October, 2023

October Update: Is Social Security Keeping Up with Inflation?

Social Security Spotlight: Cost of Living Adjustment
RSSA | Social Security Newsletter | October 2023
October 2023 Newsletter


Hi there. Please enjoy reading our newsletter filled with news and information on Social Security, retirement, and Medicare. Please reach out at info@rssa.com with any feedback on our newsletters. We are always happy to hear from you!


RSSA Announcements

We have enjoyed traveling around the country to attend and present at some incredible events, meet new people, and connect with you! Last week, we attended the NAPFA 2023 Fall National Conference in Louisville, Kentucky. Please introduce yourself if you attend an upcoming event. Check out our upcoming events here.
And don’t forget to check out photos from all of these events on our Instagram and LinkedIn pages.


Top Stories


The 2024 Social Security COLA is 3.2 Percent
Source: RSSA


The September 2023 Consumer Price Index (CPI) report was released, providing the final calculation for the 2024 Social Security Cost of Living Adjustment (COLA). And the official 2024 Social Security COLA is 3.2 percent. So what does this mean for beneficiaries? Read the story.


Medicare Open Enrollment Has Begun

Source: RSSA


Medicare’s open enrollment period has begun. It officially began October 15th and closes on December 7, 2023. If you haven’t started to prepare, you can begin now with these 3 suggestions. Read now.


Empowering Communities: The Symbiotic Relationship Between RSSA, Social Security, and Credit Unions

Source: RSSA


“Credit unions are not just financial entities; they are pillars of community support. Their primary goal is to empower their members with easy to use and access products, knowledge and guidance, fostering financial literacy and stability. By integrating RSSA and Social Security knowledge and software into their services, credit unions align themselves with their mission of community support.” Read the story.


Fiduciary Best Practice: Emphasizing the Role of RSSA in Holistic Financial Planning

Source: RSSA


In a world where financial decisions carry profound implications, the role of fiduciary advisors has never been more crucial. Read about integrating the RSSA program and software into your practice. Read.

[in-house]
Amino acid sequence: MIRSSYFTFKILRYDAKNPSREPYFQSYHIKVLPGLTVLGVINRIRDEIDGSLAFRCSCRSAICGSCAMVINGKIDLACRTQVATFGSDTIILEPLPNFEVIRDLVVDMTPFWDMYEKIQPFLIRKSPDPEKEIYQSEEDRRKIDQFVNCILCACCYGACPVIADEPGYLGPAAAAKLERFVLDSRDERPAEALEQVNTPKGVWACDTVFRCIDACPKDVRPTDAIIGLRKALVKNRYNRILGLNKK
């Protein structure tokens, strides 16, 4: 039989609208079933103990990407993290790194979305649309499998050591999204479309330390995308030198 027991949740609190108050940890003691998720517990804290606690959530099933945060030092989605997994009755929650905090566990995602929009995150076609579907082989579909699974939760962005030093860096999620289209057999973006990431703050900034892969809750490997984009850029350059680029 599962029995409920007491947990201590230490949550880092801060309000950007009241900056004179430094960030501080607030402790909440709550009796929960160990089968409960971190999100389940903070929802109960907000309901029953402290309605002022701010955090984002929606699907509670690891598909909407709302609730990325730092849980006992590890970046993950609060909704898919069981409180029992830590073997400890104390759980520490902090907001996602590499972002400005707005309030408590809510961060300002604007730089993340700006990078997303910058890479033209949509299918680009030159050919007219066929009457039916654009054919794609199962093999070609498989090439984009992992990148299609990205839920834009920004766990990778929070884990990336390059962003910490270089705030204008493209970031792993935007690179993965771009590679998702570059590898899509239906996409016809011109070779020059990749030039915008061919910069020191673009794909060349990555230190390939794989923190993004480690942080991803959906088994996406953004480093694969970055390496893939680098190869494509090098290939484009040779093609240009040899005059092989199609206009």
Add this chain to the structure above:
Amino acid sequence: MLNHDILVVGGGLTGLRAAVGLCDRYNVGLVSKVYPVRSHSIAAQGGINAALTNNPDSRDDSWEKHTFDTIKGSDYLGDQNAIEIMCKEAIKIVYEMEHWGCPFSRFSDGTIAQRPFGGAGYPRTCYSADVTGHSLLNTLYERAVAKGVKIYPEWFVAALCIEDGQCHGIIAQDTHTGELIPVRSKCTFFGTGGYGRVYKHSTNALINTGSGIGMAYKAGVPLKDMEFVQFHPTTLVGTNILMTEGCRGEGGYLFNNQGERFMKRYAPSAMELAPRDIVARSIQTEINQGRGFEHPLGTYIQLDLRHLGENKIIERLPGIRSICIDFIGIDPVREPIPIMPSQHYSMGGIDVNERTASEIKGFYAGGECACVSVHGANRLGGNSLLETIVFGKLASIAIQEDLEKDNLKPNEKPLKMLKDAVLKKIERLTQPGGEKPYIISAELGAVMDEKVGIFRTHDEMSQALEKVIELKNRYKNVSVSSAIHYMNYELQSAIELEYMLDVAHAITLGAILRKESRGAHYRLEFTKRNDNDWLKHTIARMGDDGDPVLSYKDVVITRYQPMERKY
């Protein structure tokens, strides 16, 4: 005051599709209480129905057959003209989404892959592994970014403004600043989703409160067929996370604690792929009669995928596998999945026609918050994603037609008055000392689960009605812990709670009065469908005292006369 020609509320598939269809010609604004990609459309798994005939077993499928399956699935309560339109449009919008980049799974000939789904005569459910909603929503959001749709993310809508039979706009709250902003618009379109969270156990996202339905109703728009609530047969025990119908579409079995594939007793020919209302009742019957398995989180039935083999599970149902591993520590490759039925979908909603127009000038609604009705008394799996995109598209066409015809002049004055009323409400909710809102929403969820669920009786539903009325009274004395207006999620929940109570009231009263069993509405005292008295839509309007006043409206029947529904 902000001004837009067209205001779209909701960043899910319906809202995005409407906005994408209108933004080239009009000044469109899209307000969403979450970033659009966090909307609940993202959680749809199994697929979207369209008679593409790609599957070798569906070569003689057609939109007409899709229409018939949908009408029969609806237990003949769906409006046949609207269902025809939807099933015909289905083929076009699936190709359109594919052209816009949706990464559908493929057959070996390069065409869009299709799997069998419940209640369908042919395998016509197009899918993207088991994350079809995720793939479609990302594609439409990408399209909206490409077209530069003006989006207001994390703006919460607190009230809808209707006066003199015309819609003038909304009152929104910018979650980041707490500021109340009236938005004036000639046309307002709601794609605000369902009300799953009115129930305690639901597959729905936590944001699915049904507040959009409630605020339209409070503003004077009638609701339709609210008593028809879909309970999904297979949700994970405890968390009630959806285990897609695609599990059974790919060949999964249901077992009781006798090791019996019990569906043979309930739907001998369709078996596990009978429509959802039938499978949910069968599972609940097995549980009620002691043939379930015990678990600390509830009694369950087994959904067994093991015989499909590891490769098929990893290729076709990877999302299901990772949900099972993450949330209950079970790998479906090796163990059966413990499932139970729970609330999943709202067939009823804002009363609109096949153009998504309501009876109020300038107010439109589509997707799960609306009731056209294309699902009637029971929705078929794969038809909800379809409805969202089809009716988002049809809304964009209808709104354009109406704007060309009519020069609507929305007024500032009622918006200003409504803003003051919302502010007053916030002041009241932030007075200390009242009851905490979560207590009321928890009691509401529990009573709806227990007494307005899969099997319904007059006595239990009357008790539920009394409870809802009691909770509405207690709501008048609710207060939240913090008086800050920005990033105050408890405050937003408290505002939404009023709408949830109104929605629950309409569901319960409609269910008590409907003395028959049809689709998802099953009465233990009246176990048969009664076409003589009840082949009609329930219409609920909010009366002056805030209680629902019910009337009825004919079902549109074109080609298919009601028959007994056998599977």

Social Security’s cost-of-living adjustment set at 3.2% — less than half of the current year’s increase
Source: CBS News

Read about the 2024 Social Security COLA and what Martha Shedden tells CBS News’ Aimee Picchi about it. Read the article.


Social Security benefits will increase by 3.2% in 2024 as inflation moderates

Source: Associated Press


“Compared to last year’s 8.7% increase, this is going to feel small and the perception is that its not keeping up with the inflation and the higher costs that retirees are still seeing,” Martha Shedden says to Associated Press regarding the smaller 2024 COLA. Read more.


Ask Martha  

Question: I discovered recently that my husband passed away in 2012. We were still married but not together. Am I still entitled to receive survivor benefits and how far back will they pay?
Martha’s response: Yes, you are still entitled to survivor benefits if you are still legally married. The SSA pays up to 6 months retroactive survivor benefits…Read the full response.
Question: My spouse has no earnings history. In the event of my death, will their spousal benefit switch to a higher survivor benefit?
Martha’s response: If your spouse is collecting spousal benefits and you pass away, she will be eligible for survivor benefits and will receive the higher amount of the two. Spousal benefits are only up to 50% of your full benefit, and even less if claimed early. Therefore, the survivor benefit will most likely increase the amount she receives since it is the full amount you were eligible for at the time of your death. Survivor benefit rules are the most complicated and allow more flexibility…Read the full response.


Listen up: Social Security Podcast